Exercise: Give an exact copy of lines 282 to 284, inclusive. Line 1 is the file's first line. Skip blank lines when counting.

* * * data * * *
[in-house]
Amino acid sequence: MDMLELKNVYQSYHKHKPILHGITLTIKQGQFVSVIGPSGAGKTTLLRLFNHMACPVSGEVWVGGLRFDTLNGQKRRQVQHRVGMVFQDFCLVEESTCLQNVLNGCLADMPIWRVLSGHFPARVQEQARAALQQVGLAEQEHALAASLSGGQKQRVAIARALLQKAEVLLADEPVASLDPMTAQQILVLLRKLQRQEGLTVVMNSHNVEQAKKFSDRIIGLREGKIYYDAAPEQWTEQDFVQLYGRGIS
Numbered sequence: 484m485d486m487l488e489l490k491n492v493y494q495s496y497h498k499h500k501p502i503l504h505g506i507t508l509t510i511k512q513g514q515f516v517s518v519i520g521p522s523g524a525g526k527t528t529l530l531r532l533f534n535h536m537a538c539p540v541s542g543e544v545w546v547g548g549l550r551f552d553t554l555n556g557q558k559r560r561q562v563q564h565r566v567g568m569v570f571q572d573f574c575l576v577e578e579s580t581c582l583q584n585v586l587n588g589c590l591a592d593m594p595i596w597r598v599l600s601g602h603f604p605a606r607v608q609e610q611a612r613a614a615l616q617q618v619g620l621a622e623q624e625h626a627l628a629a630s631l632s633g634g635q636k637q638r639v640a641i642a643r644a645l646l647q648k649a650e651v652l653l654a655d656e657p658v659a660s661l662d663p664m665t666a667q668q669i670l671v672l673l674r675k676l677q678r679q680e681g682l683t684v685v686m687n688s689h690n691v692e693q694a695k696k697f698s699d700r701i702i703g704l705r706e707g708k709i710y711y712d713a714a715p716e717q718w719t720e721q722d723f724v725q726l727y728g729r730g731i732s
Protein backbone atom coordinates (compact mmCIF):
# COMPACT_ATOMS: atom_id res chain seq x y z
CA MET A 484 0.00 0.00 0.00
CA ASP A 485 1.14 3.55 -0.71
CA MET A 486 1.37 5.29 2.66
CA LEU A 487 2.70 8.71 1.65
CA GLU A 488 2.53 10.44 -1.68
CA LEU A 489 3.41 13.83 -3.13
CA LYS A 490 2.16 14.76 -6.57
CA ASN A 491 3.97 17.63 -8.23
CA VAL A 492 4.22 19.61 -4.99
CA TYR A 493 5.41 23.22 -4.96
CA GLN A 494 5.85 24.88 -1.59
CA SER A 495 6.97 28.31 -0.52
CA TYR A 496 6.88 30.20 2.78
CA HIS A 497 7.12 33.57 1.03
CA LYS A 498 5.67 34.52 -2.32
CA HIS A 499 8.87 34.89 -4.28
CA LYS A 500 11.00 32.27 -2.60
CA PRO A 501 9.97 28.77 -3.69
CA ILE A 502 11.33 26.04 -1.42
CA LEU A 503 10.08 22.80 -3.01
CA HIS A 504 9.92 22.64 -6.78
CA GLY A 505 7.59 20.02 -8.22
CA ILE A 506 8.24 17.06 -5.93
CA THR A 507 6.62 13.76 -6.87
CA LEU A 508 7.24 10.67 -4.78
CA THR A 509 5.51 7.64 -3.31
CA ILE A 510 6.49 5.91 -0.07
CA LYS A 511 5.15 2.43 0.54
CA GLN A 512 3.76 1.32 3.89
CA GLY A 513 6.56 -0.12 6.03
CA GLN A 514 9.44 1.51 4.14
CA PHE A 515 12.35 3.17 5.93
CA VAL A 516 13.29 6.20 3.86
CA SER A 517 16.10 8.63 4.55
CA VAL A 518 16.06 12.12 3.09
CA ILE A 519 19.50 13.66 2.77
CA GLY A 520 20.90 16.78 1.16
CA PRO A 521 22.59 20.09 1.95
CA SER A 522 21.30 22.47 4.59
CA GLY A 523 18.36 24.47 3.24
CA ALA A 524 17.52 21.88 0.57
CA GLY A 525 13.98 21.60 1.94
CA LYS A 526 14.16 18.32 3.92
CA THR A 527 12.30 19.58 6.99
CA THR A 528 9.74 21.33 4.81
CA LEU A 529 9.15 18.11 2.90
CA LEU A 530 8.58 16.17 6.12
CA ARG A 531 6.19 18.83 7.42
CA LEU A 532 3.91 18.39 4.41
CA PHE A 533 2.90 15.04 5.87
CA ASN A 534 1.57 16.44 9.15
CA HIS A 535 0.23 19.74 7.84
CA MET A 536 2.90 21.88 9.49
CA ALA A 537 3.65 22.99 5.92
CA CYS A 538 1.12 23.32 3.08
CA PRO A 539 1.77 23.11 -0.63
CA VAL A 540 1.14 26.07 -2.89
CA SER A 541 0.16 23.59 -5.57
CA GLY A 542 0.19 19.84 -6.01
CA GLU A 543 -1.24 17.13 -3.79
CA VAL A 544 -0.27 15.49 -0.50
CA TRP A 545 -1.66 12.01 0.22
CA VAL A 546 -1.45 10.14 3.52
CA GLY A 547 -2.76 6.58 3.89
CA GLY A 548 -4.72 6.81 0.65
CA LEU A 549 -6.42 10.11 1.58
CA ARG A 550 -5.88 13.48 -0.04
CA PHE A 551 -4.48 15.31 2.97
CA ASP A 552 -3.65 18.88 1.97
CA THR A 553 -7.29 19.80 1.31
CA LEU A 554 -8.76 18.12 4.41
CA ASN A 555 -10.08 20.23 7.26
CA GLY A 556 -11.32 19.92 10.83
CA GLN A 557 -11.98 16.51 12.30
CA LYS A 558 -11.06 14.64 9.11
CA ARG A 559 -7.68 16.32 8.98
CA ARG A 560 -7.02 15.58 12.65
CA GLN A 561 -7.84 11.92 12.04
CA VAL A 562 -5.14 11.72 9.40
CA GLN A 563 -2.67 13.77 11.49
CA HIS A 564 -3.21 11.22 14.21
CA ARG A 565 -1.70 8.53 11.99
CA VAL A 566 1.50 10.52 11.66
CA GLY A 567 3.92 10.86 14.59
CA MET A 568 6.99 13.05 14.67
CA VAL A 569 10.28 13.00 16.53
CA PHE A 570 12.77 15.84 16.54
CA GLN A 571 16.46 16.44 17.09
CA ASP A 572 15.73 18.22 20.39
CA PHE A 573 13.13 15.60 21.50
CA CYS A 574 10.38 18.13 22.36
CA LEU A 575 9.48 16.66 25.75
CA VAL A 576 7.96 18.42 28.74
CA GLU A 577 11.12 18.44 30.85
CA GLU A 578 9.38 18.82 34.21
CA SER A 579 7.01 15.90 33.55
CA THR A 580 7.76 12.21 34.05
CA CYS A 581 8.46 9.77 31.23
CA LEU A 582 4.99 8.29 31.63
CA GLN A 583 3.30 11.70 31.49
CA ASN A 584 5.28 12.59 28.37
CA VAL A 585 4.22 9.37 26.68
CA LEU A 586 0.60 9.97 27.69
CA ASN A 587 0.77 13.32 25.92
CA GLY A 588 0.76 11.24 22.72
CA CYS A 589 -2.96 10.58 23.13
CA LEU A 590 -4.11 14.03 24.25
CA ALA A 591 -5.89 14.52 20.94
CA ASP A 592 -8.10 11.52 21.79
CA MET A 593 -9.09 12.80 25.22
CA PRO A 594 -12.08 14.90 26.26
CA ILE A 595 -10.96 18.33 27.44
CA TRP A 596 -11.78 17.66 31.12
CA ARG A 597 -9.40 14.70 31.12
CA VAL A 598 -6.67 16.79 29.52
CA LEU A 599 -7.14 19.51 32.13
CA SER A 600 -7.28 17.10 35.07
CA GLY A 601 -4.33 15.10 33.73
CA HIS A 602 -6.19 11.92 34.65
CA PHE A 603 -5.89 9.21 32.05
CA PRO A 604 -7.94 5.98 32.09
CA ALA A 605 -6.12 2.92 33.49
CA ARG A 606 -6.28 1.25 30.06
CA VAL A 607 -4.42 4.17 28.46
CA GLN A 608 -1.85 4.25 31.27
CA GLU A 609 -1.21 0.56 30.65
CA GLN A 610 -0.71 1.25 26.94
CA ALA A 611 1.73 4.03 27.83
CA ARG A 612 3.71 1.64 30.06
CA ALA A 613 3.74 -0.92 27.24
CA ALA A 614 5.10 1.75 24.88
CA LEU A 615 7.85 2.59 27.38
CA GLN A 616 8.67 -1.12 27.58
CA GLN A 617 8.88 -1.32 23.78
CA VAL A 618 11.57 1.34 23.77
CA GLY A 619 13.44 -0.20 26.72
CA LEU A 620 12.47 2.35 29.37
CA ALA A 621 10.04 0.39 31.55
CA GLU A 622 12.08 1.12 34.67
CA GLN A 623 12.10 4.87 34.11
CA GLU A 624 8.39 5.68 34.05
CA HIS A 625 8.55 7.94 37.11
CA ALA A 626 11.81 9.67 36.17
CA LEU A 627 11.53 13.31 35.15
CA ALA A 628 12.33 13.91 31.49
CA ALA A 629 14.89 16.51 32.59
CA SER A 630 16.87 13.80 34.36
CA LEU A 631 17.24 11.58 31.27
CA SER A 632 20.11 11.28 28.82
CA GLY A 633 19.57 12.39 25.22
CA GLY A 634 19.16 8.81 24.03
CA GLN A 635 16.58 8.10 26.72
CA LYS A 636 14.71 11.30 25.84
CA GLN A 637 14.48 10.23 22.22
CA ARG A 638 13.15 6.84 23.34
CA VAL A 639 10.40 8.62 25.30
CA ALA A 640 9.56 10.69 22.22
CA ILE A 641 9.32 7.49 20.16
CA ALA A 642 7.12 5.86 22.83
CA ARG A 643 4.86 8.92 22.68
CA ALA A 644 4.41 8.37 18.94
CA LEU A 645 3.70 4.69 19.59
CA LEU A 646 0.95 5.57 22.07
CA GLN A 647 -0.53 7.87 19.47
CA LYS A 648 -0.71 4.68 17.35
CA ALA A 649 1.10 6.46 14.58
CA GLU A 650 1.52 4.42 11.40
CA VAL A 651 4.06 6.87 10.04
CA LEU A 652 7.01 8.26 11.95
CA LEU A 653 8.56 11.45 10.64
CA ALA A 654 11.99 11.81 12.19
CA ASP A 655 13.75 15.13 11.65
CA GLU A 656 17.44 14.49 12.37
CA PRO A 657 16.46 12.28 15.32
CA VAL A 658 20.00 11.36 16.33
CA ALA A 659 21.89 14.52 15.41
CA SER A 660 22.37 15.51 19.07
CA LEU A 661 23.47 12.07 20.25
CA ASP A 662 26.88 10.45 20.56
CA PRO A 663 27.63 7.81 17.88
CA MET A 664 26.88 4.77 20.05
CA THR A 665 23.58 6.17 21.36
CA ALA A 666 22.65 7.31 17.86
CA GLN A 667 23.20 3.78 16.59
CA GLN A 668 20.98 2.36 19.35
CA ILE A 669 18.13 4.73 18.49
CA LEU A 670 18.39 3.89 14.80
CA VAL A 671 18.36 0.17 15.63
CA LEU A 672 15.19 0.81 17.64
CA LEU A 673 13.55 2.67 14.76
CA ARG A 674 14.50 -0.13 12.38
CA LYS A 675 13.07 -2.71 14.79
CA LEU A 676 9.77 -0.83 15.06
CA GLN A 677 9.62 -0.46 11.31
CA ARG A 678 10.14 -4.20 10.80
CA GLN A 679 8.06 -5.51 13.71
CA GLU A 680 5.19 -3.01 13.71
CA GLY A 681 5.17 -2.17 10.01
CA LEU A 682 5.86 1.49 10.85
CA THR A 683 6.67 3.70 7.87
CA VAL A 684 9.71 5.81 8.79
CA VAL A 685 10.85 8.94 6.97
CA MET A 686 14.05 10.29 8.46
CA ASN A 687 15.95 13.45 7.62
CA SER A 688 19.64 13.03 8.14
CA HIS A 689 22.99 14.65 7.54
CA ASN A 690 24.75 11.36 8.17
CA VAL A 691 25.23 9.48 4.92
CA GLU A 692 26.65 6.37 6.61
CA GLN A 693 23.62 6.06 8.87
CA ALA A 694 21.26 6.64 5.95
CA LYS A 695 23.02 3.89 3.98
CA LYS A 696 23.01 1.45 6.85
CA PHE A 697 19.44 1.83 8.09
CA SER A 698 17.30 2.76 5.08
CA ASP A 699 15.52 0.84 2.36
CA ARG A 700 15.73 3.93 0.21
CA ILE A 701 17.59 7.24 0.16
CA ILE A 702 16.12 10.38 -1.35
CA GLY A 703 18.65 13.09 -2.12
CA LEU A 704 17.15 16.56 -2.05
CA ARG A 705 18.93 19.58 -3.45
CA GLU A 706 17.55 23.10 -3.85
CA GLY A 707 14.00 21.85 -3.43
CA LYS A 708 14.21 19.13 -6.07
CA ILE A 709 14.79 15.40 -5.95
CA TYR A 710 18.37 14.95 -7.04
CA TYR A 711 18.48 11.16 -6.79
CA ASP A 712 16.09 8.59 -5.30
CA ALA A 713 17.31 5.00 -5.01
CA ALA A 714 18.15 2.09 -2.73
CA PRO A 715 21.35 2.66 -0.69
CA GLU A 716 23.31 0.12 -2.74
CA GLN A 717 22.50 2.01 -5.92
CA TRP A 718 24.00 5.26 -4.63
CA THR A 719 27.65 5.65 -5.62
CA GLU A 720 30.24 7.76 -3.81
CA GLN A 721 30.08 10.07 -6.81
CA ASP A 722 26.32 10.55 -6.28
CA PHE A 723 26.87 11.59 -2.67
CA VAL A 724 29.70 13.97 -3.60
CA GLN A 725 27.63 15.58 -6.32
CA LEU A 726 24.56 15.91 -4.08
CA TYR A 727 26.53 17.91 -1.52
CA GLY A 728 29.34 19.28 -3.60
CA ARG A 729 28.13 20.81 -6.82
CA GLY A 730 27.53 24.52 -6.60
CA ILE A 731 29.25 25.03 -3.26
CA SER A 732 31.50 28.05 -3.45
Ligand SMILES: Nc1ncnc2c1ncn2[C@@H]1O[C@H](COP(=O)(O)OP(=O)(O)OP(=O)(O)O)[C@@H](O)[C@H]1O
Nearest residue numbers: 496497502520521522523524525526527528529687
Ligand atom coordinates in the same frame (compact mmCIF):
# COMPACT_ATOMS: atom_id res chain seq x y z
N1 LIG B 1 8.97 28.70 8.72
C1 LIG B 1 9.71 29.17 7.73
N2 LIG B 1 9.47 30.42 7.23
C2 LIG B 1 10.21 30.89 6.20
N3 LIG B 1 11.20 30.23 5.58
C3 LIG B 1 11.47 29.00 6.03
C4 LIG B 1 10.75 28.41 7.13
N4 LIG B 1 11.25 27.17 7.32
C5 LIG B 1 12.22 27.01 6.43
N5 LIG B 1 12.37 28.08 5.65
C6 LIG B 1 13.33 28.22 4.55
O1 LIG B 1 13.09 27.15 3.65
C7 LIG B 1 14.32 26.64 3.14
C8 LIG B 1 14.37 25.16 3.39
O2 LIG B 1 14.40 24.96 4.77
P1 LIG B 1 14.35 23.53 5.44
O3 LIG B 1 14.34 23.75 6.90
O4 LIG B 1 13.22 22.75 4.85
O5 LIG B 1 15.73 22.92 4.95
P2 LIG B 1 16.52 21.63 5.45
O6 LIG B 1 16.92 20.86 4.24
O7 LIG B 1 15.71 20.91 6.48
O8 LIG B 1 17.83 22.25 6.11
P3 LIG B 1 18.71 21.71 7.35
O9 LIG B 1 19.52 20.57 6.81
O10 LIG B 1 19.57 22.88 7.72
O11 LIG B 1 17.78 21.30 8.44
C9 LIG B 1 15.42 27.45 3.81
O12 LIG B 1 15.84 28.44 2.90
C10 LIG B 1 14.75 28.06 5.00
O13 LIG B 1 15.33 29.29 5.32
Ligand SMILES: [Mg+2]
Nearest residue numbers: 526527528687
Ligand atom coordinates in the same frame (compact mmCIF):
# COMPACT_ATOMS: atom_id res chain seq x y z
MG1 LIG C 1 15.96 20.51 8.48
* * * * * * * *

P3 LIG B 1 18.71 21.71 7.35
O9 LIG B 1 19.52 20.57 6.81
O10 LIG B 1 19.57 22.88 7.72